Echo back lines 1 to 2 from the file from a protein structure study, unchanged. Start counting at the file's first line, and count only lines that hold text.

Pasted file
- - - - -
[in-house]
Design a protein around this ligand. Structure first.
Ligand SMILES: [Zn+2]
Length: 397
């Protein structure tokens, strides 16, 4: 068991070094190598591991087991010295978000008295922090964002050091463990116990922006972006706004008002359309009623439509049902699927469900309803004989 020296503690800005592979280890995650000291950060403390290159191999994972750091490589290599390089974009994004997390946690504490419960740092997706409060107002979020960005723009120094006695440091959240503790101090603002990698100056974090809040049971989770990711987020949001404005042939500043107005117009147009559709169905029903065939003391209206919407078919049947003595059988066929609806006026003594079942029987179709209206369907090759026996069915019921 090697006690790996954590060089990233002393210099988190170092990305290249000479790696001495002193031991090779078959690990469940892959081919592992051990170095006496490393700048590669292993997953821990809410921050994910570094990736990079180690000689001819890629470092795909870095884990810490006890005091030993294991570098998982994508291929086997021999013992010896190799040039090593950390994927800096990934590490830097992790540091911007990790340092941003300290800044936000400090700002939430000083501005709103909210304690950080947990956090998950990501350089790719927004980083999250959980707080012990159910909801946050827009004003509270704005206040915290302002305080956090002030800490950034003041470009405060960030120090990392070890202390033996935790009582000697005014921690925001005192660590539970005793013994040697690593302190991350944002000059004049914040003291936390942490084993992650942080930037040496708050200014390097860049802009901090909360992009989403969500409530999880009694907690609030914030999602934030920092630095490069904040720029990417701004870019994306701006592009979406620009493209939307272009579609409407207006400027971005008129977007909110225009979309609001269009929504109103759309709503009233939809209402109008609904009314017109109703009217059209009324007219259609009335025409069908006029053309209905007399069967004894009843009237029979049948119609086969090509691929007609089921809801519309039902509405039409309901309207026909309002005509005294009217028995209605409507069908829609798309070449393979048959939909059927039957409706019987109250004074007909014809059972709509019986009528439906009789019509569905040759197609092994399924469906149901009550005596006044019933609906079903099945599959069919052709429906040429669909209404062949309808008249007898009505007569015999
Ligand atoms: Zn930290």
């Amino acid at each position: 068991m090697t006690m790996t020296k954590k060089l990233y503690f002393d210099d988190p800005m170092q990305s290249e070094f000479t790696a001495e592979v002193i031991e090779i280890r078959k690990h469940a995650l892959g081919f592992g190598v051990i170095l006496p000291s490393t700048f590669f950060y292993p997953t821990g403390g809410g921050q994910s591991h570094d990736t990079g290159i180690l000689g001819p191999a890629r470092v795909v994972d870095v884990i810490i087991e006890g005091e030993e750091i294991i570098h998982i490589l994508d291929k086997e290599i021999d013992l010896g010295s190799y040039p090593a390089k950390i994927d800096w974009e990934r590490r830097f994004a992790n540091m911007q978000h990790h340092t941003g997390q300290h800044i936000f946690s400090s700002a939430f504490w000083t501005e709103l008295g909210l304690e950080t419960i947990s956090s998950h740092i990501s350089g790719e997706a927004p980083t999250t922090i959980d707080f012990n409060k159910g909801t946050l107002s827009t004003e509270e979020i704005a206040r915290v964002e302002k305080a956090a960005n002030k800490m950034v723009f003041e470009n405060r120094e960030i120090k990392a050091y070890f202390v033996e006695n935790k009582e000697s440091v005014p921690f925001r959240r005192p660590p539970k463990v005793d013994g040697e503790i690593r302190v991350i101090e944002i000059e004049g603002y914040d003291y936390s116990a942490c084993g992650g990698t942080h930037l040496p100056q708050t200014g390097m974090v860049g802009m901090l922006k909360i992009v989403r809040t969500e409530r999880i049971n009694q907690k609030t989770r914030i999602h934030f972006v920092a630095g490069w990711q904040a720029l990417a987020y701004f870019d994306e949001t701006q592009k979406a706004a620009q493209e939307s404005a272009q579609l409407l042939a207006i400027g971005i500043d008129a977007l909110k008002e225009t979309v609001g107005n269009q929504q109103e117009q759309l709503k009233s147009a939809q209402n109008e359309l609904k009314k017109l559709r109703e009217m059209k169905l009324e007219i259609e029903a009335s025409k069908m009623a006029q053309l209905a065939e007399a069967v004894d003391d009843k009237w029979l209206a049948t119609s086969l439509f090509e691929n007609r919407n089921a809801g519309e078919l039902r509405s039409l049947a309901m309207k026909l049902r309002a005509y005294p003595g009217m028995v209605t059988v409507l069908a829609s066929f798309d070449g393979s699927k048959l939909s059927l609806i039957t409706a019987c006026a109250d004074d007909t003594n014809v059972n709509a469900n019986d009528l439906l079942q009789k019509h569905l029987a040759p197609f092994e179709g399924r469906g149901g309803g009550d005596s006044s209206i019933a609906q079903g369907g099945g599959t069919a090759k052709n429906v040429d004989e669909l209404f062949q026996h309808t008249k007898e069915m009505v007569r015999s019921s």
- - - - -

[in-house]
Design a protein around this ligand. Structure first.